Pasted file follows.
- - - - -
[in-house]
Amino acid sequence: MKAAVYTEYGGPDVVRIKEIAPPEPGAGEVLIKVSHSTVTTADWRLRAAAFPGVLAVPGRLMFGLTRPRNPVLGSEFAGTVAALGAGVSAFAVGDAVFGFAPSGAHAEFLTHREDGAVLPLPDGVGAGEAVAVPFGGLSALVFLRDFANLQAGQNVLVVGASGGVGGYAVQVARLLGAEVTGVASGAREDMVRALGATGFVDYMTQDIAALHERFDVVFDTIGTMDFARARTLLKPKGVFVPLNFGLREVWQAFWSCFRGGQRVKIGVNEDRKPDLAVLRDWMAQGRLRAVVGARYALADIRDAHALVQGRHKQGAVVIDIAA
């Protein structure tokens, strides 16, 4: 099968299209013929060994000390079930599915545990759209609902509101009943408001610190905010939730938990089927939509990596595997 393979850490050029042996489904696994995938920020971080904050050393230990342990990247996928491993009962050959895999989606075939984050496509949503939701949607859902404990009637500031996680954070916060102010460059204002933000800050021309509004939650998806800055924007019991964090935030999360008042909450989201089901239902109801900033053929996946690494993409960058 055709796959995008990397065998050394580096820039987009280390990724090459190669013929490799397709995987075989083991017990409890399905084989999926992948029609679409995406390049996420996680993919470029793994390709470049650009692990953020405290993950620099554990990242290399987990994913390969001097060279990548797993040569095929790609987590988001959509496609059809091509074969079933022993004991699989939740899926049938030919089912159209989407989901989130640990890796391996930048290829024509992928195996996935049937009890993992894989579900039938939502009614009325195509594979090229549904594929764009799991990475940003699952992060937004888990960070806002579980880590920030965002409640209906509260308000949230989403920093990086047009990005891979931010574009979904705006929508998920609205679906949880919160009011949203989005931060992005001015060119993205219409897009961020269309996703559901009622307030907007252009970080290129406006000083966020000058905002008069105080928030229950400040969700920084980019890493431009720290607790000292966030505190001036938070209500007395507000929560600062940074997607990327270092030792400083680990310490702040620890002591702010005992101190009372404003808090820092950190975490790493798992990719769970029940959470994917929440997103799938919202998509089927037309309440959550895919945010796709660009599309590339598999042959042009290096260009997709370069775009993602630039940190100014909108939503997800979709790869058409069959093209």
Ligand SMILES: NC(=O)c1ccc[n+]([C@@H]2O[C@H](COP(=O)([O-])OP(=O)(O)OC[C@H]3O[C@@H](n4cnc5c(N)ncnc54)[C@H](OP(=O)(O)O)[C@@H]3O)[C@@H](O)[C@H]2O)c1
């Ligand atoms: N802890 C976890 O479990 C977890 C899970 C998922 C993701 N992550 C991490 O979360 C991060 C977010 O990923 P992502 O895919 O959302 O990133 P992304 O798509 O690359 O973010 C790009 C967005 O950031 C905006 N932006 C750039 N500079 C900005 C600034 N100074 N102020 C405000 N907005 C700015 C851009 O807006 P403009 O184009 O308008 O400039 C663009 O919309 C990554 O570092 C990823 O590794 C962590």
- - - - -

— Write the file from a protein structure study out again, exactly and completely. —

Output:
[in-house]
Amino acid sequence: MKAAVYTEYGGPDVVRIKEIAPPEPGAGEVLIKVSHSTVTTADWRLRAAAFPGVLAVPGRLMFGLTRPRNPVLGSEFAGTVAALGAGVSAFAVGDAVFGFAPSGAHAEFLTHREDGAVLPLPDGVGAGEAVAVPFGGLSALVFLRDFANLQAGQNVLVVGASGGVGGYAVQVARLLGAEVTGVASGAREDMVRALGATGFVDYMTQDIAALHERFDVVFDTIGTMDFARARTLLKPKGVFVPLNFGLREVWQAFWSCFRGGQRVKIGVNEDRKPDLAVLRDWMAQGRLRAVVGARYALADIRDAHALVQGRHKQGAVVIDIAA
């Protein structure tokens, strides 16, 4: 099968299209013929060994000390079930599915545990759209609902509101009943408001610190905010939730938990089927939509990596595997 393979850490050029042996489904696994995938920020971080904050050393230990342990990247996928491993009962050959895999989606075939984050496509949503939701949607859902404990009637500031996680954070916060102010460059204002933000800050021309509004939650998806800055924007019991964090935030999360008042909450989201089901239902109801900033053929996946690494993409960058 055709796959995008990397065998050394580096820039987009280390990724090459190669013929490799397709995987075989083991017990409890399905084989999926992948029609679409995406390049996420996680993919470029793994390709470049650009692990953020405290993950620099554990990242290399987990994913390969001097060279990548797993040569095929790609987590988001959509496609059809091509074969079933022993004991699989939740899926049938030919089912159209989407989901989130640990890796391996930048290829024509992928195996996935049937009890993992894989579900039938939502009614009325195509594979090229549904594929764009799991990475940003699952992060937004888990960070806002579980880590920030965002409640209906509260308000949230989403920093990086047009990005891979931010574009979904705006929508998920609205679906949880919160009011949203989005931060992005001015060119993205219409897009961020269309996703559901009622307030907007252009970080290129406006000083966020000058905002008069105080928030229950400040969700920084980019890493431009720290607790000292966030505190001036938070209500007395507000929560600062940074997607990327270092030792400083680990310490702040620890002591702010005992101190009372404003808090820092950190975490790493798992990719769970029940959470994917929440997103799938919202998509089927037309309440959550895919945010796709660009599309590339598999042959042009290096260009997709370069775009993602630039940190100014909108939503997800979709790869058409069959093209």
Ligand SMILES: NC(=O)c1ccc[n+]([C@@H]2O[C@H](COP(=O)([O-])OP(=O)(O)OC[C@H]3O[C@@H](n4cnc5c(N)ncnc54)[C@H](OP(=O)(O)O)[C@@H]3O)[C@@H](O)[C@H]2O)c1
């Ligand atoms: N802890 C976890 O479990 C977890 C899970 C998922 C993701 N992550 C991490 O979360 C991060 C977010 O990923 P992502 O895919 O959302 O990133 P992304 O798509 O690359 O973010 C790009 C967005 O950031 C905006 N932006 C750039 N500079 C900005 C600034 N100074 N102020 C405000 N907005 C700015 C851009 O807006 P403009 O184009 O308008 O400039 C663009 O919309 C990554 O570092 C990823 O590794 C962590």